Soy wax is the biggest alternative to using paraffin wax. It is derived from soy oil and burns clean and longer than paraffin wax. So, although it is usually more expensive, it's a more cost-effective wax because it burns a lot longer.
Coconut wax is another excellent long-burning wax alternative to paraffin wax but usually needs to be blended with other harder waxes since it tends to be soft or set with "bloom".
Palm wax is a vegan wax that has gained lots of popularity because of its unique ability to take on different effects, colors, and textures as well as the view that palm oil is sustainable. However, depending on who you ask, palm oil may not be seen as sustainable as it's responsible for the much deforestation in Southeast Asia,
Beeswax is the "original" wax, produced by bees. It burns cleaner than any other wax alternative with a high melting point.
However, because much available beeswax is yellow, is lightly scented (like honey), and is considered expensive, most candle-makers shy away from beeswax or choose to blend it with waxes.
Gel wax is mostly comprised of mineral oil (another derivative of crude oil) and some polymer resin. It burns twice as long as paraffin and looks like gel.
It is a trickier substance to work with but some manufacturers use it simply for its burn power or to create visual effects.
Types of Wicks Used By Candle Makers
There are two basic types that are common industry standards: wicks with cores and coreless. The cores or filaments themselves are usually made of zinc, paper, or cotton.
Cores help the wick keep a rigid position throughout the candle. However, coreless wicks are usually braided or weaved to try and achieve a similar rigidity.
A newcomer to the industry is the wooden wick. People like this for the crackle that they may produce when lit.
Depending on the type of wick used, it can affect whether there is smoke produced or not, the melt pool of the wax, release of fragrance, and the need to trim the wick.
How Are Scented Candles Made?
It's actually quite a simple process. There are three steps to a basic preparation that even large manufactures will follow.
Placing the Wick in the Vessel
Wicks need to be affixed in place before a candle is poured so it will dry in a straight line as close to the center as possible to allow for an even burn.
Many small-batch makers use a wooden peg to tie the wick around to achieve this position.
Infusing Fragrance Mixture With Liquid Wax
Whatever the wax medium that is used, it should be heated to a liquid stage.
At this point, the essential oil or fragrance oil blend will be mixed into the wax. Doing this in small batches allows for a quality-controlled product as well as a consistent blend of fragrance.
The Scented Wax is Poured and Set
Artisanal and small-batch candle makers often hand-pour the wax mixture. However, mass-produced scented candles are often made by automated machines in giant factories.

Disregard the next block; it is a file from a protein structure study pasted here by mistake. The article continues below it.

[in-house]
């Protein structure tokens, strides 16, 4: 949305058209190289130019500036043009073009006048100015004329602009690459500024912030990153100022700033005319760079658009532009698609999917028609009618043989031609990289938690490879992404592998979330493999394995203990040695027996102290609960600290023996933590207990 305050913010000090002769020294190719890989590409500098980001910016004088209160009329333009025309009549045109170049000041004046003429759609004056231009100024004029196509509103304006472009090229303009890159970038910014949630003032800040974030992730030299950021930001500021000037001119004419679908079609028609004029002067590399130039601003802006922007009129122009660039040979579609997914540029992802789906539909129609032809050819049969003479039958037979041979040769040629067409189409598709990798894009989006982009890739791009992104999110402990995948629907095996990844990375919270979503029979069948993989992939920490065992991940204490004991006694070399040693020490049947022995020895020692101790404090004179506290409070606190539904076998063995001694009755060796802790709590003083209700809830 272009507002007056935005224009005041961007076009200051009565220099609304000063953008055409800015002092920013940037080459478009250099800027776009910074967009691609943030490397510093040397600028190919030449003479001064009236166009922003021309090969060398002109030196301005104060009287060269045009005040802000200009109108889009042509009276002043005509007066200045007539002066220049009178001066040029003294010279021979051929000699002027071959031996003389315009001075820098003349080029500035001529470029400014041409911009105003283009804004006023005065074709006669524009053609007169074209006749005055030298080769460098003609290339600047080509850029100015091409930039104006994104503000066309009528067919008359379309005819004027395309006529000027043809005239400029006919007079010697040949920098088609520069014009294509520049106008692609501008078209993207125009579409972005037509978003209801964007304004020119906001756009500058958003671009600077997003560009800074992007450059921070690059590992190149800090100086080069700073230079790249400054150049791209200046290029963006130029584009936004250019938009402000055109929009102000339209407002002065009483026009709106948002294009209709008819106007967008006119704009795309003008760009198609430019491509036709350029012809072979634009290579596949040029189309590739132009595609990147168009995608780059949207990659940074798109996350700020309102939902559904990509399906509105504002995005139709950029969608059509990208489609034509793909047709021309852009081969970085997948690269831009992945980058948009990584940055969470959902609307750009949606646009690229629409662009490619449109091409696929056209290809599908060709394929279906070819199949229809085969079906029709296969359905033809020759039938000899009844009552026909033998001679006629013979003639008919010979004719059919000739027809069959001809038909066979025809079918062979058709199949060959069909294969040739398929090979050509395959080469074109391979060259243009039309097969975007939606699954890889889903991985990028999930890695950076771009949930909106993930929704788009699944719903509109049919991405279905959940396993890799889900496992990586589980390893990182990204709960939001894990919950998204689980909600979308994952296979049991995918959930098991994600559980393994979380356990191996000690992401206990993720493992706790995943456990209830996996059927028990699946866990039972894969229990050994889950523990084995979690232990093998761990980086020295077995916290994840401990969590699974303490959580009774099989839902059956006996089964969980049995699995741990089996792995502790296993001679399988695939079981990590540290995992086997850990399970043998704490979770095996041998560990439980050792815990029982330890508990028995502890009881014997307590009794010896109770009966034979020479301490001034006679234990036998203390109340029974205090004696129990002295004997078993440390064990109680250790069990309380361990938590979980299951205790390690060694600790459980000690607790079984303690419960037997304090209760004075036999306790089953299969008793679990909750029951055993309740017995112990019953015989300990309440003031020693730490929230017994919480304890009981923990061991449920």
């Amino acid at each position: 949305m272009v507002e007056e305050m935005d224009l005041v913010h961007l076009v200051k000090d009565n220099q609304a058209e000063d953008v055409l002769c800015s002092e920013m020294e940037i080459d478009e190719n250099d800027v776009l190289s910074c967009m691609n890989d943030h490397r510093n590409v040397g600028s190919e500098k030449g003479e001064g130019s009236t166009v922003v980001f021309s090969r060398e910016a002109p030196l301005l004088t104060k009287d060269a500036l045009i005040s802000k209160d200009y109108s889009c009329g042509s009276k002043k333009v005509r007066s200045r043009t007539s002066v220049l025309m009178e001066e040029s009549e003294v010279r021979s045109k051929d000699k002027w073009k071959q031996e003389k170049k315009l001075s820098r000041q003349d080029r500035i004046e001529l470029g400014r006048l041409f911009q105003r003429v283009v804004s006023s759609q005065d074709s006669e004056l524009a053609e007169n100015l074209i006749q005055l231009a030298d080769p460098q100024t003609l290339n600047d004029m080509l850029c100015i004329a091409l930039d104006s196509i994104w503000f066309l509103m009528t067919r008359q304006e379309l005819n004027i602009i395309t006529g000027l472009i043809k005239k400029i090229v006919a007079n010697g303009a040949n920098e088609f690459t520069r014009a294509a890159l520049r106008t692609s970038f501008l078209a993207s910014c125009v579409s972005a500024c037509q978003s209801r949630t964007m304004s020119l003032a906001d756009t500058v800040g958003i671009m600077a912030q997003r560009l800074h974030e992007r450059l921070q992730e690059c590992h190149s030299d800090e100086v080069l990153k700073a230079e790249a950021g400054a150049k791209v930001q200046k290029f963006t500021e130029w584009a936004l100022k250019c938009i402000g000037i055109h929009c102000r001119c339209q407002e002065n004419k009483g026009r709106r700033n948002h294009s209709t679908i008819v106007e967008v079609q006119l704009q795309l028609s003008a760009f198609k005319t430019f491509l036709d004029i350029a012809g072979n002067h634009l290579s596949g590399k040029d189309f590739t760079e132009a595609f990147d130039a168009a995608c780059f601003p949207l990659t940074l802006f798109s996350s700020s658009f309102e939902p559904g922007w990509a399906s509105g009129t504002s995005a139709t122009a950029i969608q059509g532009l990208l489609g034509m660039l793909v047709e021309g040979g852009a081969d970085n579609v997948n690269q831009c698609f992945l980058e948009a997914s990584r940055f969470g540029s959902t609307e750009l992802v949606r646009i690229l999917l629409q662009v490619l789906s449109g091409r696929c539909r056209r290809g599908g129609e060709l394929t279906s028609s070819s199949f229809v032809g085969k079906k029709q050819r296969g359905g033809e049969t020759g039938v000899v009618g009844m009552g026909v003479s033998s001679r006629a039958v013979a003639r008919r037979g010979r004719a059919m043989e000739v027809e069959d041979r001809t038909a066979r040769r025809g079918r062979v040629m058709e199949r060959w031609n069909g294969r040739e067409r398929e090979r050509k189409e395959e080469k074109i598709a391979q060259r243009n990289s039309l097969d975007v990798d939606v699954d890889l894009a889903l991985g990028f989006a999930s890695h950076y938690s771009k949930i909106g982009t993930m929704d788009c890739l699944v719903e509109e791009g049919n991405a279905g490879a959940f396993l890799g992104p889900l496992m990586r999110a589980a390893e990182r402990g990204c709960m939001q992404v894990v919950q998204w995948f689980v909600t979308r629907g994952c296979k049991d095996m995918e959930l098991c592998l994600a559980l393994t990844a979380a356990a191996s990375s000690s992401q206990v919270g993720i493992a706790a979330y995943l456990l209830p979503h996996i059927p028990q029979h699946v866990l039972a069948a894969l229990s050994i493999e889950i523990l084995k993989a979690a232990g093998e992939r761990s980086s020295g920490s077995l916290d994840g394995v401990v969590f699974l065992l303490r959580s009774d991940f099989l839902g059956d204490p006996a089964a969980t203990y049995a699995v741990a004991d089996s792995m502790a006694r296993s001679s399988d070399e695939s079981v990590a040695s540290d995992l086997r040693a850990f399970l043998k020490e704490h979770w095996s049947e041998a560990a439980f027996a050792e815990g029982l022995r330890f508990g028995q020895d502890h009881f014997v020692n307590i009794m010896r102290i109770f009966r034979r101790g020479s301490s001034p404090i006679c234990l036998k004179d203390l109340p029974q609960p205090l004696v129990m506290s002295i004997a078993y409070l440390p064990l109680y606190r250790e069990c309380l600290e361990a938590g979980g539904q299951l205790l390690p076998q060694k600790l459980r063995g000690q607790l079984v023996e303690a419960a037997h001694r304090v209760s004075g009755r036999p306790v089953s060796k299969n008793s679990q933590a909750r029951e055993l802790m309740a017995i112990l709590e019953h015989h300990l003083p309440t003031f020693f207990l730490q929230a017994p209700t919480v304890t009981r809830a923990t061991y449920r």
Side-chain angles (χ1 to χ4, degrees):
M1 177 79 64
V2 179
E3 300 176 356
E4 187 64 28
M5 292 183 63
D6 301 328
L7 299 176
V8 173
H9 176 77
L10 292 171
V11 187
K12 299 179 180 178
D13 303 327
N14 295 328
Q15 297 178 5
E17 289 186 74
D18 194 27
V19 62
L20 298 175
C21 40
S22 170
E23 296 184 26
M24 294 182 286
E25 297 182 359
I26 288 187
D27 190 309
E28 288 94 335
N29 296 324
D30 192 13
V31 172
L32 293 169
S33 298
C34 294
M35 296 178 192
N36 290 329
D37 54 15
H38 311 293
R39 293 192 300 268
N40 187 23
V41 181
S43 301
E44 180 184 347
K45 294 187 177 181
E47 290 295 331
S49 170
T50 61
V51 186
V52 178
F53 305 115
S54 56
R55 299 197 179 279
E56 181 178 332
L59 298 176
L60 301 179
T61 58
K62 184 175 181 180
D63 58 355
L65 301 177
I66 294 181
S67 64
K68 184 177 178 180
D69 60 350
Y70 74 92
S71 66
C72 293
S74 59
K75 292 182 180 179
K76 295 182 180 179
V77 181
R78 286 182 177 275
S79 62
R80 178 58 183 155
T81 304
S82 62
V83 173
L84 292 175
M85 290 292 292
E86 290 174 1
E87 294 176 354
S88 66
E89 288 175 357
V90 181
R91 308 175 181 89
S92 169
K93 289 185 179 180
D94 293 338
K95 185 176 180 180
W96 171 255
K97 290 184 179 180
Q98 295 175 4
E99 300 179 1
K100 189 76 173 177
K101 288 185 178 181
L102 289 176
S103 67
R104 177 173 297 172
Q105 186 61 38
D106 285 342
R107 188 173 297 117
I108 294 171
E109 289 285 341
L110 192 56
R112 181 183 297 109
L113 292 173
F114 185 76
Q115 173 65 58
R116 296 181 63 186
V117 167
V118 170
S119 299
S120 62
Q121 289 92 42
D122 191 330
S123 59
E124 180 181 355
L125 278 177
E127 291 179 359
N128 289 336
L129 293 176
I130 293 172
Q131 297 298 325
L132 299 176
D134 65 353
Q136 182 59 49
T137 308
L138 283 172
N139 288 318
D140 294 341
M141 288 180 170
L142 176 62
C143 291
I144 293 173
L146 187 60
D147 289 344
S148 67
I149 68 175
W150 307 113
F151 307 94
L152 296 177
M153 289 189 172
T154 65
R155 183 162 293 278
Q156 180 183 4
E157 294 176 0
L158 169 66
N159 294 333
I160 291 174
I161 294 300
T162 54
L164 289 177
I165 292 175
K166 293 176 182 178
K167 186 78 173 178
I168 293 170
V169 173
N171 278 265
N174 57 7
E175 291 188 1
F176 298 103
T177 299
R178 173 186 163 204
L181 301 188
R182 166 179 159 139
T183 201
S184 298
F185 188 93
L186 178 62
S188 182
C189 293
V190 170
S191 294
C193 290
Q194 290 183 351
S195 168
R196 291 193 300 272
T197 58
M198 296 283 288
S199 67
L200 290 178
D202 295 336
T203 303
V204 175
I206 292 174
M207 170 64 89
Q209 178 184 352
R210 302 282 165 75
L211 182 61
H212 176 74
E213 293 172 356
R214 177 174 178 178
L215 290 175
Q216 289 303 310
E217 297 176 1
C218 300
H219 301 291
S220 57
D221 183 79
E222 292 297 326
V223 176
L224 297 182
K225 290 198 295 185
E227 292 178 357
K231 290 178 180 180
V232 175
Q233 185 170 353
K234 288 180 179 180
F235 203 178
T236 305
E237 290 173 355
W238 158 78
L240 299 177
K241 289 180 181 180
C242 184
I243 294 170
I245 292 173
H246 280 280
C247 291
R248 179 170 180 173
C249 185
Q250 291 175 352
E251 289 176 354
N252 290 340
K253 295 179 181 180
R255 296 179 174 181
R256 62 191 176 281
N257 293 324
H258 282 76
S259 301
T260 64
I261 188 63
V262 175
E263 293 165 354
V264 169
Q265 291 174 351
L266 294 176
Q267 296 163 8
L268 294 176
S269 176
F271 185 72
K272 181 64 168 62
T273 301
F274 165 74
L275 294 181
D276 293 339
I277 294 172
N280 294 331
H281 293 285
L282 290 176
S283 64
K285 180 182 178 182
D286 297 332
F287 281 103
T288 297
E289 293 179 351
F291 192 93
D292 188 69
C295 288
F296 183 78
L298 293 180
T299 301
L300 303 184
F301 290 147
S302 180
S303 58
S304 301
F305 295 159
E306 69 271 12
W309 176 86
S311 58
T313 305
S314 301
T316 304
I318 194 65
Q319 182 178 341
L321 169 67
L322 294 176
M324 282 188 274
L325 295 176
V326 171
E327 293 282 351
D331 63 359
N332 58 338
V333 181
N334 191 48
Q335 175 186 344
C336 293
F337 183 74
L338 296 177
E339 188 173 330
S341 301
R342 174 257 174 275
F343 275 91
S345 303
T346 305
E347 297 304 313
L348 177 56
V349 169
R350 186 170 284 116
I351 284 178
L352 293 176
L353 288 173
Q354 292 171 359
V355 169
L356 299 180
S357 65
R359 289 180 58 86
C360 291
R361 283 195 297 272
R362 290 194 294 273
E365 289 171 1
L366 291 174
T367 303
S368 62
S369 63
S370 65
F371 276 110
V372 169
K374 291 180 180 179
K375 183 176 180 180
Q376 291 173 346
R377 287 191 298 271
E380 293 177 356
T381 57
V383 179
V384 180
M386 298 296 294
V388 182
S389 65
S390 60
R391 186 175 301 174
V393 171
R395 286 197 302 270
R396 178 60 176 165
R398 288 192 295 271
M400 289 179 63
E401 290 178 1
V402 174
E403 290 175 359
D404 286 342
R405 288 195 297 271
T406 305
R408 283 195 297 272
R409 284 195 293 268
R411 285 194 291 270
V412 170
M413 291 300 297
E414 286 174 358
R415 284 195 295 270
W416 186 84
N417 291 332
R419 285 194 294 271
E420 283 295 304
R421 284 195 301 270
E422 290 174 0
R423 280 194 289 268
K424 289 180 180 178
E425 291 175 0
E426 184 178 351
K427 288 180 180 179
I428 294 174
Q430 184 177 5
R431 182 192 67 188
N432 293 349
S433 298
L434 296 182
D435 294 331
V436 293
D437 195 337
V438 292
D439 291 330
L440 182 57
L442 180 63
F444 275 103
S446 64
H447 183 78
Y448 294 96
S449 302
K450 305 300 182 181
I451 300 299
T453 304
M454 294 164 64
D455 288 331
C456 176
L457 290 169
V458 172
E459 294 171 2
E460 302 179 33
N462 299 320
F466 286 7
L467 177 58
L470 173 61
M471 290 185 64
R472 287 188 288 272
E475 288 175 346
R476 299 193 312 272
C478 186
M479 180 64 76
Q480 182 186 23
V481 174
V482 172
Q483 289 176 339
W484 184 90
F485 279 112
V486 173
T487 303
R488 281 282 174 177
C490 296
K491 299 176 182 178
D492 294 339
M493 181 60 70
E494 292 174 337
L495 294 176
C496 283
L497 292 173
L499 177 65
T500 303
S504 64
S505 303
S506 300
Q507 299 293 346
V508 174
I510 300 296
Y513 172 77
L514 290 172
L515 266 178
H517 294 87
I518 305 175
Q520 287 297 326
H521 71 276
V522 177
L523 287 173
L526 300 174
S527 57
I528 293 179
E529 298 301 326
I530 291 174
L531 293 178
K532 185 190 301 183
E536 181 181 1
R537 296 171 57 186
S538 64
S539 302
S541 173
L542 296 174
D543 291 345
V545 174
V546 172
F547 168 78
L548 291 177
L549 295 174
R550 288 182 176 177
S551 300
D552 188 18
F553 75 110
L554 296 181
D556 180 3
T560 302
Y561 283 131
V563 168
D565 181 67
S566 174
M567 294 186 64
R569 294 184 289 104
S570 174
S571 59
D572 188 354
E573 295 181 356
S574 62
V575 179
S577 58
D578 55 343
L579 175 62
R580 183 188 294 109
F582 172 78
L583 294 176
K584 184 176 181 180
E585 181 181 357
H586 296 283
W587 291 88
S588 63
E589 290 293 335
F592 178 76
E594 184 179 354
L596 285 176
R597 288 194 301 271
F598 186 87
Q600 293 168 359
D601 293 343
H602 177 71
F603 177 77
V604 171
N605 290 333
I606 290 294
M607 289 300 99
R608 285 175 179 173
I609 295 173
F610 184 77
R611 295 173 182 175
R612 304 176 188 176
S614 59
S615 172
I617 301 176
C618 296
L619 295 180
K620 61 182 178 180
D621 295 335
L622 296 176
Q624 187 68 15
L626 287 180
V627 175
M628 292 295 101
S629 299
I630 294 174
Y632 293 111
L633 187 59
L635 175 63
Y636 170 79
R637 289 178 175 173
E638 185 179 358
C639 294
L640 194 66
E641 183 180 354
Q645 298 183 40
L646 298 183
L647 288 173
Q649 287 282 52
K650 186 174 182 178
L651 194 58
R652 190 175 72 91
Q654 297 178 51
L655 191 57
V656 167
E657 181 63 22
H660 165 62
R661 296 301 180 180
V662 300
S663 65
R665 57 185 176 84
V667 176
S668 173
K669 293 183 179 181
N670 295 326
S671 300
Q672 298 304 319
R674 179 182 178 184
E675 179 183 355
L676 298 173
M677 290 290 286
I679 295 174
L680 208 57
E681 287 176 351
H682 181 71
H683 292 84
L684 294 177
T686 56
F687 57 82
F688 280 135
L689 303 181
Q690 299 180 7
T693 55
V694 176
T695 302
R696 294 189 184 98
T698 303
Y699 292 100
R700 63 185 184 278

How to Properly Light a Scented Candle
Believe it or not, lighting a candle isn't quite as straightforward and as you'd think.
There is a proper way to light a scented candle, and there is some maintenance required, in order to ensure the full and clean use and enjoyment of your scented candle.
Placing Your Candle
Select a safe place to light your candle. That means keeping it away from any materials that can catch on fire.
Also, be wary of what may sit over your candle; for example, a lit candle might create a burn spot under a shelf or on a wall.
Preparing Your Wick
Wicks need to be trimmed at least 1/4 inch from the surface of the wax.
Trimming your wick helps you create a cleaner and brighter burn.
A cleaner and brighter burn does two things: it creates a nicer and more complete melted pool of wax (which means more fragrance) and reduces soot and debris.
Some people opt to purchase a wick trimmer, which might be worth the small investment if you keep a lot of candles in your home.
It can be challenging to trim your wick in a vessel-housed or thicker candle without a wick trimmer.
Note that wood wicks don't need trimming and some wicks are what are considered "self-trimming" or keep the correct length even after burning.
Lighting Your Scented Candle Correctly for the First Time
Yes. There's actually a proper way to light your scented candle.
It's most important the first time you light the candle to make sure the top layer of the wax melts and pools completely to the glass or sides of the vessel.
This will ensure an even burn every time you light the candle subsequently.
You can rotate the candle periodically to help it melt more evenly around the sides.
If you extinguish the flame before the top is completely liquified, you will create a memory ring.
This means that the candle will melt only in a tunnel to the bottom.
Extinguishing Your Candle
You can just blow it out.
However, if you want to reduce any smoke, you can use a wick dipper.
You use the dipper to drop the wick into the wax to extinguish. This kills the smoke.
Use a candle snuffer to put out tapered and pillar candles or any candles that don't have a pool of melted wax to drop the wick into.
|Trim your wick, as needed||Leave a lit candle unattended|
|Melt top layer evenly the first time||Burn a candle for more than 4 hours|
|Use long matches or oven light for candles getting low||Light candle in a place near fire hazards|
|Enjoy the fragrance!|